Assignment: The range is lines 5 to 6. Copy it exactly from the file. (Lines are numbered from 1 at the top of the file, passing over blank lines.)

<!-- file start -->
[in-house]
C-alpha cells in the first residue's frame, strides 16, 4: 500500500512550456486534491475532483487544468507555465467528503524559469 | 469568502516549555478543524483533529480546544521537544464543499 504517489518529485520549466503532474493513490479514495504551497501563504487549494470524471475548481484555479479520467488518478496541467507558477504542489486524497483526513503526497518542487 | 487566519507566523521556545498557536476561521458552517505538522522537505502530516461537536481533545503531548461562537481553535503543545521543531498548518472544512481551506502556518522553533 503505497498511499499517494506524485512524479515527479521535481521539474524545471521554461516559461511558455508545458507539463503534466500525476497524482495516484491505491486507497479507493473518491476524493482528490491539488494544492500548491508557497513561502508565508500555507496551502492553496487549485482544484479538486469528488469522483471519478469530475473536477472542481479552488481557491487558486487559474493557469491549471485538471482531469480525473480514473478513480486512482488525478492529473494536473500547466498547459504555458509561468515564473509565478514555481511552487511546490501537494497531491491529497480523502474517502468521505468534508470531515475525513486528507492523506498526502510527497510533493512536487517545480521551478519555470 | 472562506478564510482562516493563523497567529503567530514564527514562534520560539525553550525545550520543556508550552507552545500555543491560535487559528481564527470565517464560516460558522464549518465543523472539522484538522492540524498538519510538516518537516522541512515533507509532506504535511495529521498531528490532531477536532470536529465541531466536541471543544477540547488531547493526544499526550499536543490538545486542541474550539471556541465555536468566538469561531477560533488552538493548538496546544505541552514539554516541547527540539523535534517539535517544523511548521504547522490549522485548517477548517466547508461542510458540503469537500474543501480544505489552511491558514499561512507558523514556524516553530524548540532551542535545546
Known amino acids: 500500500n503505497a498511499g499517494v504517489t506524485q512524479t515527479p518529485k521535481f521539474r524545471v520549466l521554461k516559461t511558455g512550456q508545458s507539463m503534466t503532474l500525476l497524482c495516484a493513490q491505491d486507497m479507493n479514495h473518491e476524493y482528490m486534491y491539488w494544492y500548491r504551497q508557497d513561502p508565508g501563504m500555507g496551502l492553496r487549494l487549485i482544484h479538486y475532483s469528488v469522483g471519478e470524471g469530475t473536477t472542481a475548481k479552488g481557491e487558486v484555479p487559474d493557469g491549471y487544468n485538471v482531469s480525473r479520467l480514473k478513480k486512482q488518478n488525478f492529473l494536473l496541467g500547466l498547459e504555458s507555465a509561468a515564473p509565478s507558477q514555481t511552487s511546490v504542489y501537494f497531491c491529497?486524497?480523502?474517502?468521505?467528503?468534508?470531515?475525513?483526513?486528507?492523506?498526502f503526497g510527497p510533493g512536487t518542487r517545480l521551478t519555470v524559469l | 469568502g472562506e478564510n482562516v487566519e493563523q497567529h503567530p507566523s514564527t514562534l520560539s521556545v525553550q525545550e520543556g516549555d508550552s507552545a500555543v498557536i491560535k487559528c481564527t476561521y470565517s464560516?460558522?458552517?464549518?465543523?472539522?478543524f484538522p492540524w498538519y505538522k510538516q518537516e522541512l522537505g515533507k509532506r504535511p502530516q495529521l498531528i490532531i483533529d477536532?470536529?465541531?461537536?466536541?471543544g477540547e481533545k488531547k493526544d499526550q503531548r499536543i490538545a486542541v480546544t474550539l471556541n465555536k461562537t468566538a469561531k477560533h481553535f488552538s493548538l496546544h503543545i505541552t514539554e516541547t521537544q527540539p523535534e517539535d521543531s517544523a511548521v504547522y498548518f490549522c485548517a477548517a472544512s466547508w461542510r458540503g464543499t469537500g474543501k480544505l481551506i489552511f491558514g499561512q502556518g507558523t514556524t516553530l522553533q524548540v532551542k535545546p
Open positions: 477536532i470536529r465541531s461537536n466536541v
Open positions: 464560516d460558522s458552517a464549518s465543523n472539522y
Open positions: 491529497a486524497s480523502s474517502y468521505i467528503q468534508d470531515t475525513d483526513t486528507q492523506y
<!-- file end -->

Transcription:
Open positions: 464560516d460558522s458552517a464549518s465543523n472539522y
Open positions: 491529497a486524497s480523502s474517502y468521505i467528503q468534508d470531515t475525513d483526513t486528507q492523506y